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Biological Sciences Policy on Completion Times and Thesis Lengths
The most important goal of the Biological Sciences graduate programs is excellence in research training, mentorship, and discoveries. The main purpose of this policy is to set norms or expectations for completion times and for thesis or project lengths that nudge most students toward short theses and fast completion but allow flexibility for students and supervisors to achieve excellence in a way that best suits each student’s goals and circumstances. A second purpose of this policy is to promote short completion times and high graduation rates that will improve funding to support all Biological Sciences graduate students and will allow our department to admit and supervise as many excellent students and thesis projects as possible.
This policy was developed in response to the 2022 external reviewers’ recommendations. Important context for this policy includes the completion time requirements and funding eligibility rules set by the Faculty of Graduate & Postdoctoral Studies, as well as variation in research traditions and subdisciplines among current department members.
The thesis or project should be completed and defended in no more than the time needed to carry out the planned research to a high standard of excellence and meet the other thesis or project criteria. Important time limits include:
• the 6-semester (MPM, MSc) or 12-semester guaranteed funding period (PhD) (set by BISC);
• the 9- (Master’s) or 15-semester (PhD) limit on eligibility for graduate fellowships (GPS);
• the 9- or 18-semester limit for defense and graduation (SFU); and
• the 6-semester limit on extensions (maximum 15 or 24 semesters in the program; SFU).
• a Master’s thesis or project should be completed & defended in ≤9 semesters; and
• a PhD thesis should be completed & defended in ≤15 semesters.
Students and supervisors are urged to discuss these expectations when the supervisory committee is formed, compare progress against these expectations at each annual committee meeting, give a realistic evaluation of that progress in each annual progress report, and adjust mentoring and goals to meet these expectations whenever possible.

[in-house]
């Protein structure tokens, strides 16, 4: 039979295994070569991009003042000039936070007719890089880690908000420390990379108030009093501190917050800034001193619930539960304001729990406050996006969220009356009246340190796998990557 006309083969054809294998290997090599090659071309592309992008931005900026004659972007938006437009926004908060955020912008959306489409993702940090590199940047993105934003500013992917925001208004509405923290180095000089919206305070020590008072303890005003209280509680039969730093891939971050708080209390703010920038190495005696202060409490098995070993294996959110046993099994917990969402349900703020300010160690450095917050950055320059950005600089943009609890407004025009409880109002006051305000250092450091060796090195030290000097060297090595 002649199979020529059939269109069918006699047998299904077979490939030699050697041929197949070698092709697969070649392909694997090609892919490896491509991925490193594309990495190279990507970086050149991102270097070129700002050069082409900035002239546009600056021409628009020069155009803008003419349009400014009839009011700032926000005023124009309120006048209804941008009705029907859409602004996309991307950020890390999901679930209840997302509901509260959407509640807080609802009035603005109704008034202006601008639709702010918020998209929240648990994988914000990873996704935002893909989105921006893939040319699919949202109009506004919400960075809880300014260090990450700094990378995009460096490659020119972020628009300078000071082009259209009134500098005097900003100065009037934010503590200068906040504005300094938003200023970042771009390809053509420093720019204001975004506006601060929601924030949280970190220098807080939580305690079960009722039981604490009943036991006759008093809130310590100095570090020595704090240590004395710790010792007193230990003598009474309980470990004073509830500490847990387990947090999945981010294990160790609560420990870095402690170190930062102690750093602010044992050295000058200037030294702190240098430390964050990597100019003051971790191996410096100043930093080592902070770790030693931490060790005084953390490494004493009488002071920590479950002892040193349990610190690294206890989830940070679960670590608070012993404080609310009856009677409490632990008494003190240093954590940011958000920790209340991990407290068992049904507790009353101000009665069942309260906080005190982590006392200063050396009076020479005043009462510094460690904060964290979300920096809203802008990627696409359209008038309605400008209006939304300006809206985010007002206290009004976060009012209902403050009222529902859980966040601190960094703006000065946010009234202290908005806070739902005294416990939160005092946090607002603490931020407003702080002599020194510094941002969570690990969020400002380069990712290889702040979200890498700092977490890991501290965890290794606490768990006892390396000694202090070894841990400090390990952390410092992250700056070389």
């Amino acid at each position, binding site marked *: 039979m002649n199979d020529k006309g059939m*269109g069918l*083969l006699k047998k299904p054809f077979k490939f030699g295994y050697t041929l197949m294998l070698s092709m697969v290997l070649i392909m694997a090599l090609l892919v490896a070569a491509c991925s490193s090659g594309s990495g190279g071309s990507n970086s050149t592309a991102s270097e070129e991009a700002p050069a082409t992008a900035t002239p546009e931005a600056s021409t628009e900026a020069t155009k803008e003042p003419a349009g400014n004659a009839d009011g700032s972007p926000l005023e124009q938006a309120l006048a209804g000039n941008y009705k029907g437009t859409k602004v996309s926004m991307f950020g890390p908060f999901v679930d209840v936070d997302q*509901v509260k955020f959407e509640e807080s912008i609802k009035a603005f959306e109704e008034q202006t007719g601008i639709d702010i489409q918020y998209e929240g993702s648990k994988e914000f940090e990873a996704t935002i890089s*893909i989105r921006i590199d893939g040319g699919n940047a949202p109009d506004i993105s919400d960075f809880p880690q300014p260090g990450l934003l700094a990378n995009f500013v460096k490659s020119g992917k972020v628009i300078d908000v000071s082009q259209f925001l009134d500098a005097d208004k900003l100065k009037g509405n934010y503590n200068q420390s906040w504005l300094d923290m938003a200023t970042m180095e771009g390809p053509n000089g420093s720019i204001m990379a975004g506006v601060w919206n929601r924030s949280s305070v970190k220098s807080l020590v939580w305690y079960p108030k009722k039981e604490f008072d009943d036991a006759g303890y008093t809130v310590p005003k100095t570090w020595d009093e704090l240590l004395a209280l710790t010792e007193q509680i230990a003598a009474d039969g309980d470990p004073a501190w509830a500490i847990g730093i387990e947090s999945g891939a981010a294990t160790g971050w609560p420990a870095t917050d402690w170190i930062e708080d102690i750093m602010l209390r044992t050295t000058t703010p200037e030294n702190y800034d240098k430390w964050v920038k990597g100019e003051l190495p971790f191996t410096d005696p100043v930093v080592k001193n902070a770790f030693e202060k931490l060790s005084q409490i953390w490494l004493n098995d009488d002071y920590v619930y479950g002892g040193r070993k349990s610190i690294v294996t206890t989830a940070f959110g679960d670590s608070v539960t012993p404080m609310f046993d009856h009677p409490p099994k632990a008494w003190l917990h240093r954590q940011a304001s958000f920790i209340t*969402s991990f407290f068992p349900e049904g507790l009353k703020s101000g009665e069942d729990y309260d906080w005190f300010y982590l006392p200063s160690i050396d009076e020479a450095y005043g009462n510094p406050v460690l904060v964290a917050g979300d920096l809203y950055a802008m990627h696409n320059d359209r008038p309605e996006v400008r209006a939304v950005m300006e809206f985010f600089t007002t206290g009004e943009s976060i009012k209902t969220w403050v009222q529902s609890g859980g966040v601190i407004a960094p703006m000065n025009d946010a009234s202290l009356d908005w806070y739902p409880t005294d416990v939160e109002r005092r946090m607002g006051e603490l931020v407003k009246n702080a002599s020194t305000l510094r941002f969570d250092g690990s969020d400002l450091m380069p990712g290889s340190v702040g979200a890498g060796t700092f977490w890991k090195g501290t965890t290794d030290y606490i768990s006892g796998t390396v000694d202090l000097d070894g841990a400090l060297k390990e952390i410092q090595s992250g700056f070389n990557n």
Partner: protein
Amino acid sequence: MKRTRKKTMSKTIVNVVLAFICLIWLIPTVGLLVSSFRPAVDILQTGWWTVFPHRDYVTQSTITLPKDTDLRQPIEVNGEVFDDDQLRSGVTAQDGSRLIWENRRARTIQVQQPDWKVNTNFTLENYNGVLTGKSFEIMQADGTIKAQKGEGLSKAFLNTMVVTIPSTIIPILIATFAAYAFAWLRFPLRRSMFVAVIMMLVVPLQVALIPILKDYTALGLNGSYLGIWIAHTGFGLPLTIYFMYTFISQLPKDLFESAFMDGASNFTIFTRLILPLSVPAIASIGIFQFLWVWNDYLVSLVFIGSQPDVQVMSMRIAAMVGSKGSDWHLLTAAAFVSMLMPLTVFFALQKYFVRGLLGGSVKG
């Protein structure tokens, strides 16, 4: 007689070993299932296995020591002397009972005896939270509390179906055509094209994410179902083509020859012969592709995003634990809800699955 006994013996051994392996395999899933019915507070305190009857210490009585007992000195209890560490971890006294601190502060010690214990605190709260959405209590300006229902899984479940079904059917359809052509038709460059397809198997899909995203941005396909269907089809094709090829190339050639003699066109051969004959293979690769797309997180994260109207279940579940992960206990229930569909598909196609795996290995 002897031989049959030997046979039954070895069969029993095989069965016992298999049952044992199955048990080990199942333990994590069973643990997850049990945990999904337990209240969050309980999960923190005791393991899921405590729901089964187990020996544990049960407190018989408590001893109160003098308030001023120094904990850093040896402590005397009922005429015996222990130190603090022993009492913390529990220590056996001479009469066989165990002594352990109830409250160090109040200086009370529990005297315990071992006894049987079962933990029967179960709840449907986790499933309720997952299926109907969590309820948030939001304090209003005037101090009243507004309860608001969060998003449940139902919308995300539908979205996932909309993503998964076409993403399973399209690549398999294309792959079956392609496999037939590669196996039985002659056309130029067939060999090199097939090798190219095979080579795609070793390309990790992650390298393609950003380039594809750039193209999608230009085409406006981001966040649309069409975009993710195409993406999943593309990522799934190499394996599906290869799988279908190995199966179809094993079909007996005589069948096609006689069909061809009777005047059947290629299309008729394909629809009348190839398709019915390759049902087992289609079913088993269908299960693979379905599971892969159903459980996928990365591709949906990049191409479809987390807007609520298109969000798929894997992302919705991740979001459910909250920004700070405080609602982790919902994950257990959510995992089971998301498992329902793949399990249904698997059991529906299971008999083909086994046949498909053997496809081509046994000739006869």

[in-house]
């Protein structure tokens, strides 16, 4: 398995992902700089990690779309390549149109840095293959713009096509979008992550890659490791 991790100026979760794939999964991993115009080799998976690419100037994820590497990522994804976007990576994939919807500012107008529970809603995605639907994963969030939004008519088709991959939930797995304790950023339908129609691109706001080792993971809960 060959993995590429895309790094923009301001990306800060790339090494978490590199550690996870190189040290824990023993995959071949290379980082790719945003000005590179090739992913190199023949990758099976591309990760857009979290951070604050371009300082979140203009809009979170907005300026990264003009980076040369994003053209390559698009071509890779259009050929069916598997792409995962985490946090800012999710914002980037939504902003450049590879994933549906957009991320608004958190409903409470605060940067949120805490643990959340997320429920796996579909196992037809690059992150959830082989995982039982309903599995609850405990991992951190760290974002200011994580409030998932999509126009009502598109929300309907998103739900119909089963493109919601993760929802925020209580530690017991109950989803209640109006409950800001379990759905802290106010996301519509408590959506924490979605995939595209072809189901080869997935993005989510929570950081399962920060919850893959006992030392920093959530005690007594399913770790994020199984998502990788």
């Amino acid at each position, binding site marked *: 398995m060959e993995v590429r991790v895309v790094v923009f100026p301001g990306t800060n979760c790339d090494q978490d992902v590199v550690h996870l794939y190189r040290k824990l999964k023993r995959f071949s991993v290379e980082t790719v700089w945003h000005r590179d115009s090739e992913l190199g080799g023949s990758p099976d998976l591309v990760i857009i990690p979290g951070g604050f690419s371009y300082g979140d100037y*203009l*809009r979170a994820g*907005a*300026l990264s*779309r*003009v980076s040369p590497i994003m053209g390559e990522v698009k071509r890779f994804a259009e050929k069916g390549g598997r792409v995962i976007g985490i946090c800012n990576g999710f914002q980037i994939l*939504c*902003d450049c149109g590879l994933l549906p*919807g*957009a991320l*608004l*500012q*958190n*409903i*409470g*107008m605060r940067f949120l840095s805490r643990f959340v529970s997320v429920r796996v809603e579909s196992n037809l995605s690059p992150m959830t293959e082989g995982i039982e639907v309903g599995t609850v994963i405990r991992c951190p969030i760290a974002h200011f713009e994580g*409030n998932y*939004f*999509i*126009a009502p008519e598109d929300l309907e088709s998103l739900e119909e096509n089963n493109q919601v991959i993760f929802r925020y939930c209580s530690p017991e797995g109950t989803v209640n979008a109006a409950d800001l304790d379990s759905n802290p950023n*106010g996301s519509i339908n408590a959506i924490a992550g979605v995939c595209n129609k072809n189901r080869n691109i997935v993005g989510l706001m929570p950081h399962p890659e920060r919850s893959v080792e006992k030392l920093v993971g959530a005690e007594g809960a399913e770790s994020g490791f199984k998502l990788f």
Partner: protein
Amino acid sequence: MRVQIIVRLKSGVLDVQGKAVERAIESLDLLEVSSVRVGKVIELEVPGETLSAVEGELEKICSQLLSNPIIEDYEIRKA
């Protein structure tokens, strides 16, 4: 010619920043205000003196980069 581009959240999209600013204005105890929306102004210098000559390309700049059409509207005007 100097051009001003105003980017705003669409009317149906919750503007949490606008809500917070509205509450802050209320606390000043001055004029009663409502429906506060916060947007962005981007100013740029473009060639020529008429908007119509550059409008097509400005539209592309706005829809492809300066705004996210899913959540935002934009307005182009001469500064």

THESIS OR PROJECT LENGTHS
The thesis or project should satisfy three criteria: (i) the work should be excellent; (ii) the effort and achievements should satisfy the minimum expectations for a graduate degree in Biological Sciences and in the student’s subdiscipline; and (iii) the achievements should satisfy the student’s aspirations for breadth and depth of research training and experience. Within the space defined by those criteria, thesis or project length may vary among students in different subdisciplines or among students with different research training goals or career aspirations.
• Normally a Master’s thesis (MPM, MSc) or project (MET) should consist of a single study organized into 1 or more chapters consistent with norms for the subdiscipline and with the organization of the study. Students who aspire to carry out >1 related studies will be expected to complete and defend the thesis in ≤9 semesters (the normal time limit). Students and supervisors who plan a thesis with >1 studies or chapters that requires an extension past 9 semesters will be required to give in the APR a convincing justification for that plan.